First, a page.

Wednesday, November 12, 2008

Frank Rich: Pundits Get It Wrong on Palin

AltTulsa noted the work of columnist Frank Rich earlier this week. The New York Times writer had some pithy comments about election and the naysayers who tried to scare and belittle American voters.

Today we want to return to Rich's Sunday NYT column, this time on the pundits and Sarah Palin.

In a target-rich environment, Rich had no trouble hitting the mark:
The same commentators who dismissed every conceivable American demographic as racist, lazy or both got Sarah Palin wrong too. When she made her debut in St. Paul, the punditocracy was nearly uniform in declaring her selection a brilliant coup. There hadn’t been so much instant over-the-top praise by the press for a cynical political stunt since President Bush “landed” a jet on the U.S.S. Abraham Lincoln in that short-lived triumph “Mission Accomplished.”

The rave reviews for Palin were completely disingenuous. Anyone paying attention (with the possible exception of John McCain) could see she was woefully ill-equipped to serve half-a-heartbeat away from the presidency. The conservatives Peggy Noonan and Mike Murphy said so on MSNBC when they didn’t know their mikes were on. But, hey, she was a dazzling TV presence, the thinking went, so surely doltish Americans would rally around her anyway. “She killed!” cheered Noonan about the vice-presidential debate, revising her opinion upward and marveling at Palin’s gift for talking “over the heads of the media straight to the people.” Many talking heads thought she tied or beat Joe Biden.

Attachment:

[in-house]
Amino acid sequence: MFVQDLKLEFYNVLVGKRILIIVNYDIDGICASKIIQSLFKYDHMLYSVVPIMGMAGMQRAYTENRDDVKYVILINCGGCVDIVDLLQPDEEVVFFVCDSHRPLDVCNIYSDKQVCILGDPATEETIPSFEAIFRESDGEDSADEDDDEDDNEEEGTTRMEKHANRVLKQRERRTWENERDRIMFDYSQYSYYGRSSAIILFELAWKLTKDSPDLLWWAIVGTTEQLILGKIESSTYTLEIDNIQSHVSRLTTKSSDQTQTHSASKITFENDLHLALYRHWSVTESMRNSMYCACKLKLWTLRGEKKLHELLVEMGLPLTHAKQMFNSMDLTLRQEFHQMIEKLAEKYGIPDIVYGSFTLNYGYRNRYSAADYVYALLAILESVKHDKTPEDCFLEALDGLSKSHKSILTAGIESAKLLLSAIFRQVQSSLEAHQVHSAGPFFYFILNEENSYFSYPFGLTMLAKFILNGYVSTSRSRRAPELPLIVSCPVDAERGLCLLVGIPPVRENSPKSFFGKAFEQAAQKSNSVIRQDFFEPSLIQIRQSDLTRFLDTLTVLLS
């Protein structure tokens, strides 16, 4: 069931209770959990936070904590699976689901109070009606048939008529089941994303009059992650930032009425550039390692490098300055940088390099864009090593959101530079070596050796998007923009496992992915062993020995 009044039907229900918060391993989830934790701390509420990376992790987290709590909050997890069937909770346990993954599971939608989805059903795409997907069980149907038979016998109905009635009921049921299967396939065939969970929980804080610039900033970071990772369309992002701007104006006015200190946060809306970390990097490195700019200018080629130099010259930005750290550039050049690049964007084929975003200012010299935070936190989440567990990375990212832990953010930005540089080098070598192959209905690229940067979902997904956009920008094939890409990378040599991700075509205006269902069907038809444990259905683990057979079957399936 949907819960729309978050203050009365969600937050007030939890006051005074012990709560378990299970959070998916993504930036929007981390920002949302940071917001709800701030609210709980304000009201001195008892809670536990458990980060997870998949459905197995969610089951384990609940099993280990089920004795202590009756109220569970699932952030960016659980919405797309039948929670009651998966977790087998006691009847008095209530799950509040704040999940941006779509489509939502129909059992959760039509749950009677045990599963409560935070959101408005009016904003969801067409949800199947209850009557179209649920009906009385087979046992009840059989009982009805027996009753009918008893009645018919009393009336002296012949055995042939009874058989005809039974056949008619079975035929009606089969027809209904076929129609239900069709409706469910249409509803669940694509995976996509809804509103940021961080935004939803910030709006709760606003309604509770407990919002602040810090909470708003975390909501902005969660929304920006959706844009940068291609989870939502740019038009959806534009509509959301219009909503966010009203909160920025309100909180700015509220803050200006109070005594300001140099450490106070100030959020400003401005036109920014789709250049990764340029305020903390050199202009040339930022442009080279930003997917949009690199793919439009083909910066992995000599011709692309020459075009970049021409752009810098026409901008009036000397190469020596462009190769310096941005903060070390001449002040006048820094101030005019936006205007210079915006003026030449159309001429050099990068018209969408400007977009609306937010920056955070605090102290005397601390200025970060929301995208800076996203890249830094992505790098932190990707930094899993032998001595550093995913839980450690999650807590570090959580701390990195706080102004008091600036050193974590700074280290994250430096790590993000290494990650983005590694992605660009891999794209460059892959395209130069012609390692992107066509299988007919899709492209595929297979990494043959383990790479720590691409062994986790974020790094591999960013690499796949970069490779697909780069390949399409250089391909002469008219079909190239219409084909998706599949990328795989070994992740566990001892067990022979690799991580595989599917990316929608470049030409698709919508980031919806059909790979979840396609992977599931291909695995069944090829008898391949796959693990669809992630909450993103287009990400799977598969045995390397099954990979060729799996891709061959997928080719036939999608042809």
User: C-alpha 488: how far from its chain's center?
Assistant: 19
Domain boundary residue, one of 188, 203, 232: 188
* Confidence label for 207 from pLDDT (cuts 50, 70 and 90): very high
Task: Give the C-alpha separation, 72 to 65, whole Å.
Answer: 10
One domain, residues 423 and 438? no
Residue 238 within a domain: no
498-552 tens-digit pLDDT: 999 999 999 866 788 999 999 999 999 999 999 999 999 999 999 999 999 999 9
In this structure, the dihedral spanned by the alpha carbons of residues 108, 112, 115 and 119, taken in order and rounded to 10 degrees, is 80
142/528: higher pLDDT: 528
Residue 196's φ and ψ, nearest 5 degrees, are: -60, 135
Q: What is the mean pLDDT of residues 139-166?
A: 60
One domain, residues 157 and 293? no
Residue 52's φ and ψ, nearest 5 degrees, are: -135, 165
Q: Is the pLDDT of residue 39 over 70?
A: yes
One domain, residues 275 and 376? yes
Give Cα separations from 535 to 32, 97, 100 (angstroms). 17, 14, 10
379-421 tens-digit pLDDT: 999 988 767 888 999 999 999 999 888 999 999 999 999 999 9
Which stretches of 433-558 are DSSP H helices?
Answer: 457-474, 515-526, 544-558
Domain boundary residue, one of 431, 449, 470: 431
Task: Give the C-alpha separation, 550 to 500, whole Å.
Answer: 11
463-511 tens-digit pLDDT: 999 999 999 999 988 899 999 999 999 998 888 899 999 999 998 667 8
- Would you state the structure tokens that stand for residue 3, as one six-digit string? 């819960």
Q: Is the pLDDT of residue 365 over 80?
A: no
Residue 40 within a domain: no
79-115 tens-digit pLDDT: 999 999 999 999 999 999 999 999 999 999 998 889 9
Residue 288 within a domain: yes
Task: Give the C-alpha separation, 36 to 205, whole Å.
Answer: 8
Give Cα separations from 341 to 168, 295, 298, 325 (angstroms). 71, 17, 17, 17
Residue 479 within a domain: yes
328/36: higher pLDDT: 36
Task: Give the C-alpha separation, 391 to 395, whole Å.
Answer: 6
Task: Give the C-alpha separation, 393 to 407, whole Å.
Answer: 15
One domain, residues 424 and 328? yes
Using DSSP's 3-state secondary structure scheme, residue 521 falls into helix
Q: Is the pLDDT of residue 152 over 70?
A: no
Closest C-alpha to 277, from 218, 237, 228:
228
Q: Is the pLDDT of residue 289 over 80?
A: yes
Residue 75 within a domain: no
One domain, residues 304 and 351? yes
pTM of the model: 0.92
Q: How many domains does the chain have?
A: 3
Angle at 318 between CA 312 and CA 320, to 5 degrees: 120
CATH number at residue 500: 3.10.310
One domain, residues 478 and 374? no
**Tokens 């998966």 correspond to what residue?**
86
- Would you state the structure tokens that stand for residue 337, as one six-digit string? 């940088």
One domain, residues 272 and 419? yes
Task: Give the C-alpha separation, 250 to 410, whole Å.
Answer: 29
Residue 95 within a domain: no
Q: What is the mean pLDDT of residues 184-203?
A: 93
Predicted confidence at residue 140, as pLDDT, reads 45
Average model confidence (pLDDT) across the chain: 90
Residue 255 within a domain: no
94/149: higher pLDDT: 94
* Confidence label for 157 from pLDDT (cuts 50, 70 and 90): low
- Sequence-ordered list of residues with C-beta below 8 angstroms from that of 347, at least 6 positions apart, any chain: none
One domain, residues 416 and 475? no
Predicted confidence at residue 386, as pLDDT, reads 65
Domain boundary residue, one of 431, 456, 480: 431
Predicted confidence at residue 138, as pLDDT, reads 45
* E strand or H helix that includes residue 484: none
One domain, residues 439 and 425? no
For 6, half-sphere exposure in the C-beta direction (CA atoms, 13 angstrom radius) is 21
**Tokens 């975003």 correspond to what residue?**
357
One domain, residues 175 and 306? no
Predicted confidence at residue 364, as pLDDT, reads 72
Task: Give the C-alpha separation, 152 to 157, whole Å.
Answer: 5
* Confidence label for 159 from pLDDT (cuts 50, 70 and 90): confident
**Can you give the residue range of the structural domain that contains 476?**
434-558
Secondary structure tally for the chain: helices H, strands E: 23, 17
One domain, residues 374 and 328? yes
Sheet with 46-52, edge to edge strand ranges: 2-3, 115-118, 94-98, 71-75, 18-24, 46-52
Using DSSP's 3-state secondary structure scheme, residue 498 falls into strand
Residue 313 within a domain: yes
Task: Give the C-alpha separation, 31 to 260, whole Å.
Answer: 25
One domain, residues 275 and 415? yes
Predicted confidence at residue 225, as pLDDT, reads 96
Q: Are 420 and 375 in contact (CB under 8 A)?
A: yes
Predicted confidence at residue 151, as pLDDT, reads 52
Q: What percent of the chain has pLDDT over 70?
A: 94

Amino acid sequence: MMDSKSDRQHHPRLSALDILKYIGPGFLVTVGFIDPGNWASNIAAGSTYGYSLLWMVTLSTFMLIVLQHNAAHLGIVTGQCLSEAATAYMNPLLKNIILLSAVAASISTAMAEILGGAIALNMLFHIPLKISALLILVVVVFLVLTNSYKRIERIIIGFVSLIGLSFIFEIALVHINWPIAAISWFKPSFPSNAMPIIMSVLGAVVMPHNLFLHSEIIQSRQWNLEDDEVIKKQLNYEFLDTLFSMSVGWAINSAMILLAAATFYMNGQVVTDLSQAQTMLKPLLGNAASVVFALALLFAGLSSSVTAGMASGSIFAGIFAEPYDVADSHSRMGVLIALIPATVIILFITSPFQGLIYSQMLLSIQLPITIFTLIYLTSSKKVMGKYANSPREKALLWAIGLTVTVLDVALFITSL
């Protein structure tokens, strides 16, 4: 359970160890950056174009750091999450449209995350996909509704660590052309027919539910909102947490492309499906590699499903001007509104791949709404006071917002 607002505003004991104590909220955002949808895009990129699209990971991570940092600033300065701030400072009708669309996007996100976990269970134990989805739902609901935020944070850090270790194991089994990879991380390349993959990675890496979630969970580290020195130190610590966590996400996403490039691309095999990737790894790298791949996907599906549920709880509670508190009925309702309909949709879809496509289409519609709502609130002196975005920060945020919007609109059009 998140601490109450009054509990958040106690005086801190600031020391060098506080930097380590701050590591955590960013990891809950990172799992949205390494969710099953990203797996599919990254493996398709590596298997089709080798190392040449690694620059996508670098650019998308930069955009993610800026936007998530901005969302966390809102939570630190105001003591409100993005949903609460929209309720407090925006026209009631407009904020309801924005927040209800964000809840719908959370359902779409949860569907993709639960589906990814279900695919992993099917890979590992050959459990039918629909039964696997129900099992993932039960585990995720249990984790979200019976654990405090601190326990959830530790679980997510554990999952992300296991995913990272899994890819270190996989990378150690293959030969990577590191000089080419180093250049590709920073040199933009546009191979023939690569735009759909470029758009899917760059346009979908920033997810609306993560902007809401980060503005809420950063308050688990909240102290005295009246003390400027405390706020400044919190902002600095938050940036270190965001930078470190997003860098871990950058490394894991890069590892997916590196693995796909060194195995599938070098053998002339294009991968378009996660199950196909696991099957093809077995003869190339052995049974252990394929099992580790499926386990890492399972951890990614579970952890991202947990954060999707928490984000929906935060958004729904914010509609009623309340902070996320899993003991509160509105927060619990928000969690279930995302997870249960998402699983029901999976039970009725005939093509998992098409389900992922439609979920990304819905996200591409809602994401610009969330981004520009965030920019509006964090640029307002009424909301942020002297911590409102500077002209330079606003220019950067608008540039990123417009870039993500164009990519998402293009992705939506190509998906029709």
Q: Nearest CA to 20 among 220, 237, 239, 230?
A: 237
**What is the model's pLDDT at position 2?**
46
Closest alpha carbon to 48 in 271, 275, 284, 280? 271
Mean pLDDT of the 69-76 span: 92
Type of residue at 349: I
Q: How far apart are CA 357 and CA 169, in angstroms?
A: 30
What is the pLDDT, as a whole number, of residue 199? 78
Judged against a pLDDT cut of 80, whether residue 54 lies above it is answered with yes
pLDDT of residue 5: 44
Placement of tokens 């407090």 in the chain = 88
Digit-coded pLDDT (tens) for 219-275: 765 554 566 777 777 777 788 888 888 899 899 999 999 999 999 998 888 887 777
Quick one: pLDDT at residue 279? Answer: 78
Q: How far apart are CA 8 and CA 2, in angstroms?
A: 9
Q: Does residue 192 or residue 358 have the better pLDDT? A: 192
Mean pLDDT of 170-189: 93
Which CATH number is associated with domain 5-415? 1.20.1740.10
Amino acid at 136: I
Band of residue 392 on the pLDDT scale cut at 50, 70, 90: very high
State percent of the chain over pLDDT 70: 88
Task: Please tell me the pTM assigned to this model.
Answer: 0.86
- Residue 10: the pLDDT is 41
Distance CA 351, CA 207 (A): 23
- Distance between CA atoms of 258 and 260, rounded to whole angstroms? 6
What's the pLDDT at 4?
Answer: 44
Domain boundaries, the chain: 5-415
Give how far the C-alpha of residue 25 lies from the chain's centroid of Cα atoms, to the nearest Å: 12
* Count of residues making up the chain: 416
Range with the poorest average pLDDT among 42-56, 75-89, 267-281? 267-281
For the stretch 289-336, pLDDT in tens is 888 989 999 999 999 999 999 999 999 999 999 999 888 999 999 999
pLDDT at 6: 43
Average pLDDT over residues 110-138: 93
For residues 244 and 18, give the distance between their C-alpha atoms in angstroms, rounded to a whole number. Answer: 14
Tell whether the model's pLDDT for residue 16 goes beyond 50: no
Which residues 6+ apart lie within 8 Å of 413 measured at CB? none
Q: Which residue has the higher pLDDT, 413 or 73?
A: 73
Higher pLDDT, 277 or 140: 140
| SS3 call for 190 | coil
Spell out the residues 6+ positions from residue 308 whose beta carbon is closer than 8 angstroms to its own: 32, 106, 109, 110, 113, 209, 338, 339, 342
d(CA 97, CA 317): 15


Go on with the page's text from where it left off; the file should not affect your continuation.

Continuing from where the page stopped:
The people, however, were reaching a less charitable conclusion and were well ahead of the Beltway curve in fleeing Palin. Only after polls confirmed that she was costing McCain votes did conventional wisdom in Washington finally change, demoting her from Republican savior to scapegoat overnight.

But Palin’s appeal wasn’t overestimated only because of her kitschy “American Idol” star quality. Her fierce embrace of the old Karl Rove wedge politics, the divisive pitting of the “real America” against the secular “other” America, was also regarded as a sure-fire winner. The second most persistent assumption by both pundits and the McCain campaign this year — after the likely triumph of racism — was that the culture war battlegrounds from 2000 and 2004 would remain intact.

1 comment:

Tulsan said...

Maybe it's possible to underestimate the intelligence of the public after all.